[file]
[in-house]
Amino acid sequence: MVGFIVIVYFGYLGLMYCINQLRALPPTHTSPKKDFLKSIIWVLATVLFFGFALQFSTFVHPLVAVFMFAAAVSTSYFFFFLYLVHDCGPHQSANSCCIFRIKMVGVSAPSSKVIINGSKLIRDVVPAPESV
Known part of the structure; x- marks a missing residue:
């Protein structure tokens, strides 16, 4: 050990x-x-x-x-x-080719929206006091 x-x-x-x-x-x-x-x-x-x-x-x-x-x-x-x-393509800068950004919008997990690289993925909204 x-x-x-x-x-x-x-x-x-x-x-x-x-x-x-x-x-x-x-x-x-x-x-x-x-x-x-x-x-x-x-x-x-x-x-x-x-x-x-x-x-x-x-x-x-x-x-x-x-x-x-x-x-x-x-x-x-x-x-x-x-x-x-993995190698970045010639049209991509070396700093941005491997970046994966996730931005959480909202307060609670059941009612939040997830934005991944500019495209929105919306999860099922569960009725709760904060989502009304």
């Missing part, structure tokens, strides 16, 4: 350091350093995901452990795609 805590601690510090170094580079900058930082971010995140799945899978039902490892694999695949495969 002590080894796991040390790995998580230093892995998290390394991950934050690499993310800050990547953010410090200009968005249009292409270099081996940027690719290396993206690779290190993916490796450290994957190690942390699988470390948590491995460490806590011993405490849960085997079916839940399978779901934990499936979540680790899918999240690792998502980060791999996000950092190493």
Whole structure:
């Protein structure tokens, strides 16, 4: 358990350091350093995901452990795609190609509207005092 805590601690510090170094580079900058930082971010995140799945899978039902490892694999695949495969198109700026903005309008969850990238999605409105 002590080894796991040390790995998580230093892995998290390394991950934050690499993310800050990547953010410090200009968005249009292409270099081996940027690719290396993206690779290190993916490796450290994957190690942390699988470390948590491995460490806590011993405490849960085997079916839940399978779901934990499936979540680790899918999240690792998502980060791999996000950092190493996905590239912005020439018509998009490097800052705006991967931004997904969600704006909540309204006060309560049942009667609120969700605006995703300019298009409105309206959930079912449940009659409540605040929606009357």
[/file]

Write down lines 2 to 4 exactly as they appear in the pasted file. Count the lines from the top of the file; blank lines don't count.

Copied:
Amino acid sequence: MVGFIVIVYFGYLGLMYCINQLRALPPTHTSPKKDFLKSIIWVLATVLFFGFALQFSTFVHPLVAVFMFAAAVSTSYFFFFLYLVHDCGPHQSANSCCIFRIKMVGVSAPSSKVIINGSKLIRDVVPAPESV
Known part of the structure; x- marks a missing residue:
């Protein structure tokens, strides 16, 4: 050990x-x-x-x-x-080719929206006091 x-x-x-x-x-x-x-x-x-x-x-x-x-x-x-x-393509800068950004919008997990690289993925909204 x-x-x-x-x-x-x-x-x-x-x-x-x-x-x-x-x-x-x-x-x-x-x-x-x-x-x-x-x-x-x-x-x-x-x-x-x-x-x-x-x-x-x-x-x-x-x-x-x-x-x-x-x-x-x-x-x-x-x-x-x-x-x-993995190698970045010639049209991509070396700093941005491997970046994966996730931005959480909202307060609670059941009612939040997830934005991944500019495209929105919306999860099922569960009725709760904060989502009304």